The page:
What’s keeping global milk prices high?

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Dairy producers all over the world are producing roughly 30 percent more milk than a year ago, yet prices remain near record levels. What gives? A recent analysis from the U.S. Dairy Export Council (USDEC) offers clues.

Chinese purchases have been heavy of late, but this buying spree is expected to slow, USDEC analysts say.

“China’s imports of milk powder, cheese, butterfat and whey in the September-January period were up a staging 66 percent from the prior year,” USDEC says in its Global Dairy Market Outlook. “Purchases aren’t likely to be as heavy in the months ahead; China typically buys 15-20 percent less in the second and third quarters compared with the fourth and first quarters.”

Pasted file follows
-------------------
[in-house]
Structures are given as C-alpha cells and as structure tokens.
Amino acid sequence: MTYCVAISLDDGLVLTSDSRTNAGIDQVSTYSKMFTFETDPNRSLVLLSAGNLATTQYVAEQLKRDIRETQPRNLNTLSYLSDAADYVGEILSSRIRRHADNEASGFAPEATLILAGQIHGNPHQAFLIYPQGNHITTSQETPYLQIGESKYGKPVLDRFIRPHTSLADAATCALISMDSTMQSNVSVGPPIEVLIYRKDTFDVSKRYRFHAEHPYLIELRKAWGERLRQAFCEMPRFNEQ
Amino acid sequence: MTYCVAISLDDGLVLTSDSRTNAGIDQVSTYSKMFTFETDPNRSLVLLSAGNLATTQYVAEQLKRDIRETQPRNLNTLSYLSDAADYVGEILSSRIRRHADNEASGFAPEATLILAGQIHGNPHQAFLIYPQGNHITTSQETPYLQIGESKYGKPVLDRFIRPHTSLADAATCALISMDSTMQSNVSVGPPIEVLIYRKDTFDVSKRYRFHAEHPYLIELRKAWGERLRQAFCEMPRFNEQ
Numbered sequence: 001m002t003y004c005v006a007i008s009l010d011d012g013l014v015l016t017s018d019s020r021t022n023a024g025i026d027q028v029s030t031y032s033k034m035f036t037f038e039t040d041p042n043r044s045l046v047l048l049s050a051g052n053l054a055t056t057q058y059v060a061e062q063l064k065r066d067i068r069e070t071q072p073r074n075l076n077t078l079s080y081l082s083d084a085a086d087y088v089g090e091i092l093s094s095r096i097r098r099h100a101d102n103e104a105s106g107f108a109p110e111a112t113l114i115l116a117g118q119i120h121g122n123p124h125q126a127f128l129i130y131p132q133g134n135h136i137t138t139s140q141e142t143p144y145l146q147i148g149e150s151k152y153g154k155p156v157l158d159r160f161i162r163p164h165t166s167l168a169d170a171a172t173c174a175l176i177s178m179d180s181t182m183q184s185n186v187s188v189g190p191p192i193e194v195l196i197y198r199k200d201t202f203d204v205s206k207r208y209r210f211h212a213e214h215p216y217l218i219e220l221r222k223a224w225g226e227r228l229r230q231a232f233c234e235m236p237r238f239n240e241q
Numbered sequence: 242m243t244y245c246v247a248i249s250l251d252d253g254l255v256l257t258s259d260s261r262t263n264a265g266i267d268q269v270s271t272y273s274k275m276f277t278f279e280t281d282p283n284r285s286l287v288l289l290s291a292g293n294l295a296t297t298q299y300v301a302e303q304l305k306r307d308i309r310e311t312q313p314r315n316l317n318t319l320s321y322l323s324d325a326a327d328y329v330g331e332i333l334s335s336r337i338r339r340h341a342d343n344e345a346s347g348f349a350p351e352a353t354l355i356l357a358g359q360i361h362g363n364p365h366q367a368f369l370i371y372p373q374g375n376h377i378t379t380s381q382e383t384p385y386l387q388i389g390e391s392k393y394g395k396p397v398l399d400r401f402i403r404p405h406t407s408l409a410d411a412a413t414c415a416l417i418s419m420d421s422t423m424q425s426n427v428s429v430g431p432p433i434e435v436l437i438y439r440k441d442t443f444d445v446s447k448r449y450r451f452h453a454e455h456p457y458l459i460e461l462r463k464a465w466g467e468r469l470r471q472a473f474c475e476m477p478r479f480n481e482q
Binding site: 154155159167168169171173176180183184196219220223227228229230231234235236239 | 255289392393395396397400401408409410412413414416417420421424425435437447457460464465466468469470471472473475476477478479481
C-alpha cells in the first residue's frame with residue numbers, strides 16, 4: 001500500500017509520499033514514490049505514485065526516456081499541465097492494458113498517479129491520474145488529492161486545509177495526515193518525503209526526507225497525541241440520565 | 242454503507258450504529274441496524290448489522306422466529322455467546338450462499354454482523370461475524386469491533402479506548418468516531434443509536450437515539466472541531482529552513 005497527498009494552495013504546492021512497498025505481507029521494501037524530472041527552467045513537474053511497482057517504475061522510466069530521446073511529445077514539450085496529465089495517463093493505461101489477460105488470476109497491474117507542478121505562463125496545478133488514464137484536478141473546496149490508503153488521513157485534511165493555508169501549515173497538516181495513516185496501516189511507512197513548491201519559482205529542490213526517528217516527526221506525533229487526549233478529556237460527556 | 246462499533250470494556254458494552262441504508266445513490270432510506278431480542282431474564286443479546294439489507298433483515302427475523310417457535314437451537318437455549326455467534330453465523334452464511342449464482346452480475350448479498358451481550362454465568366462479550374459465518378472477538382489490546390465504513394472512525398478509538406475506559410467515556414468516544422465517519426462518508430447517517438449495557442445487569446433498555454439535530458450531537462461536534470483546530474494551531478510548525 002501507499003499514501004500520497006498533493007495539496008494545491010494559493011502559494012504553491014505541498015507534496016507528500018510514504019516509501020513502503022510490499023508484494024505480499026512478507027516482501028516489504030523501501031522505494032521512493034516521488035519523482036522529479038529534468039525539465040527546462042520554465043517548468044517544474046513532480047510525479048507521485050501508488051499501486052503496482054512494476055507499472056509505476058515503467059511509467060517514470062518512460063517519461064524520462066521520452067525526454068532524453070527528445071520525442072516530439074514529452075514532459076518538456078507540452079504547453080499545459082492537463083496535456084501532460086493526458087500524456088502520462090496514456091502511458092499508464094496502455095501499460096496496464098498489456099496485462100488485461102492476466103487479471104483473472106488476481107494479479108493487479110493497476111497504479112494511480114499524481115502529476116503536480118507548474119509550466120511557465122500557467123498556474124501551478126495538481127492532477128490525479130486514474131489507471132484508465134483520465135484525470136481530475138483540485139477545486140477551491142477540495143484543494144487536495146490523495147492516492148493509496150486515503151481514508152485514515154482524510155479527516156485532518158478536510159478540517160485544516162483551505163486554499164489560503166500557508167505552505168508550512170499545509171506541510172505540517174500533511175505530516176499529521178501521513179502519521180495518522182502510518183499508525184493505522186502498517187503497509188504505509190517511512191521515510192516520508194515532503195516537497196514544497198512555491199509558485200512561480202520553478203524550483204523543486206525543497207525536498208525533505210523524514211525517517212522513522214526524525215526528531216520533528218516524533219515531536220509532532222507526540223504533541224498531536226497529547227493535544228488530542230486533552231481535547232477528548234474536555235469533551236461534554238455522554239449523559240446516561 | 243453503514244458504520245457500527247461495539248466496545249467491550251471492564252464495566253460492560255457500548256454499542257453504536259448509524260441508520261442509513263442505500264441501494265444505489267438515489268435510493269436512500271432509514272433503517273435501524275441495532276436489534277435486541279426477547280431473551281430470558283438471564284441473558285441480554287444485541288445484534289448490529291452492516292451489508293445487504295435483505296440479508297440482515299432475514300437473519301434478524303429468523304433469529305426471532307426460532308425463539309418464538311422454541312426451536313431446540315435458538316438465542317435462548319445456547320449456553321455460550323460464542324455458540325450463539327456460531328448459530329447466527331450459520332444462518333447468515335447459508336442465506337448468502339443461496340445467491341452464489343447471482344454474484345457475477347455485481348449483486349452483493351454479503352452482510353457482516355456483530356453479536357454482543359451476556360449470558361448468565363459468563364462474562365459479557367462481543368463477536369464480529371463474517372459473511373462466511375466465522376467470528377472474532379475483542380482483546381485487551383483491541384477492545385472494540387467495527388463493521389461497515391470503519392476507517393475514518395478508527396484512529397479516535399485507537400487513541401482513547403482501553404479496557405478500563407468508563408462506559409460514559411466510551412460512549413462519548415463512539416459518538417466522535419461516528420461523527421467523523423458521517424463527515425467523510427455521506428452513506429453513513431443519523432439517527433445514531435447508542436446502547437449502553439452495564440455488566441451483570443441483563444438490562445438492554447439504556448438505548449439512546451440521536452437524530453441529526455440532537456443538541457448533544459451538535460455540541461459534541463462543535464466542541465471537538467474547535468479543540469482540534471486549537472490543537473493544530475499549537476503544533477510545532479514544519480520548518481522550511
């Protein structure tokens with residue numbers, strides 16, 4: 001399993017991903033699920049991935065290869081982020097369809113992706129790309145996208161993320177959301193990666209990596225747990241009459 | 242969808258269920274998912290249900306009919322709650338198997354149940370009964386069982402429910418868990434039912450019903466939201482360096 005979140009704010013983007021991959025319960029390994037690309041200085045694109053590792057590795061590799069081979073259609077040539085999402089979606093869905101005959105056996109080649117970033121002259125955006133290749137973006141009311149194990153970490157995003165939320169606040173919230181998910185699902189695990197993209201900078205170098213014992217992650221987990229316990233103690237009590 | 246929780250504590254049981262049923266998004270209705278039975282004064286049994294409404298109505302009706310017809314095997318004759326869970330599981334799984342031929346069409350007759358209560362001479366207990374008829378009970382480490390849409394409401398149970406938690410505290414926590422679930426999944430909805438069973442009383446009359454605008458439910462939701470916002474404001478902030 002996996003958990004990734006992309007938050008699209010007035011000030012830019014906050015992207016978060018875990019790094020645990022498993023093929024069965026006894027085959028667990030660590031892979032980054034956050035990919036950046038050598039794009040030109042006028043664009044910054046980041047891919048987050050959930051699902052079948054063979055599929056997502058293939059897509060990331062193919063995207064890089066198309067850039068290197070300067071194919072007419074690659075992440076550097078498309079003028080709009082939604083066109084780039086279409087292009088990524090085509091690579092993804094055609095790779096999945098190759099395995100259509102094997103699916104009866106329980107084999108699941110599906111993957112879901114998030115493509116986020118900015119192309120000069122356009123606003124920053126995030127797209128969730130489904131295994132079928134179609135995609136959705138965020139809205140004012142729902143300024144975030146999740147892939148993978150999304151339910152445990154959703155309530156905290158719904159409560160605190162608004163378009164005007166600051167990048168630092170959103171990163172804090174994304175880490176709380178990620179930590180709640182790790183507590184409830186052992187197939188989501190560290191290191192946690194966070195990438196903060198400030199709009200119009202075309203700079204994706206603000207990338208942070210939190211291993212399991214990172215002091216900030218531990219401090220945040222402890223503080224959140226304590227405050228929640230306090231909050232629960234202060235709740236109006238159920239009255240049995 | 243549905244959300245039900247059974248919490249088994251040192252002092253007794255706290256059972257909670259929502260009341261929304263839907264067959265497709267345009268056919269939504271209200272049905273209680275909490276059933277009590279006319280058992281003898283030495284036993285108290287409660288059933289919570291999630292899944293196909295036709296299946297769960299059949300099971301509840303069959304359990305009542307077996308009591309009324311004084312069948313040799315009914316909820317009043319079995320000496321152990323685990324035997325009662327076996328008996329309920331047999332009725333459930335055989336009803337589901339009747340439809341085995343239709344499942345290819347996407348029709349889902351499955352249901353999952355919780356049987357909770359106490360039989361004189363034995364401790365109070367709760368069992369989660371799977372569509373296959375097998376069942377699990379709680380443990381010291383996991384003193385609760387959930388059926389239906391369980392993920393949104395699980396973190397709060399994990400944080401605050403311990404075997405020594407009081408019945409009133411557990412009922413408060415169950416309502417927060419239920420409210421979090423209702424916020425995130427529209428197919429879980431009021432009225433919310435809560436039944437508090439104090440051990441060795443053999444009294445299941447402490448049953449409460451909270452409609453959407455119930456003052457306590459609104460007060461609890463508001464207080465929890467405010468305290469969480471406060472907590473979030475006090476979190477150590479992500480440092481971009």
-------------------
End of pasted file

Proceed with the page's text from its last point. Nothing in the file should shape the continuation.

Still, USDEC doesn’t expect prices to fall far, or fast.

“For nearly a year, buyers have been reluctant to procure too far ahead, waiting for price declines that haven’t materialized,” the report says. “They still need to rebuild pipeline holdings, and they’re poised to purchase on dips in the market.”

But it’s not all hearts and flowers for dairy producers, USDEC adds.

“Of course, historically high commodity prices that have held for almost a year have priced some buyers out of the market and encouraged substitution in some applications and that could curb demand later in the year.”

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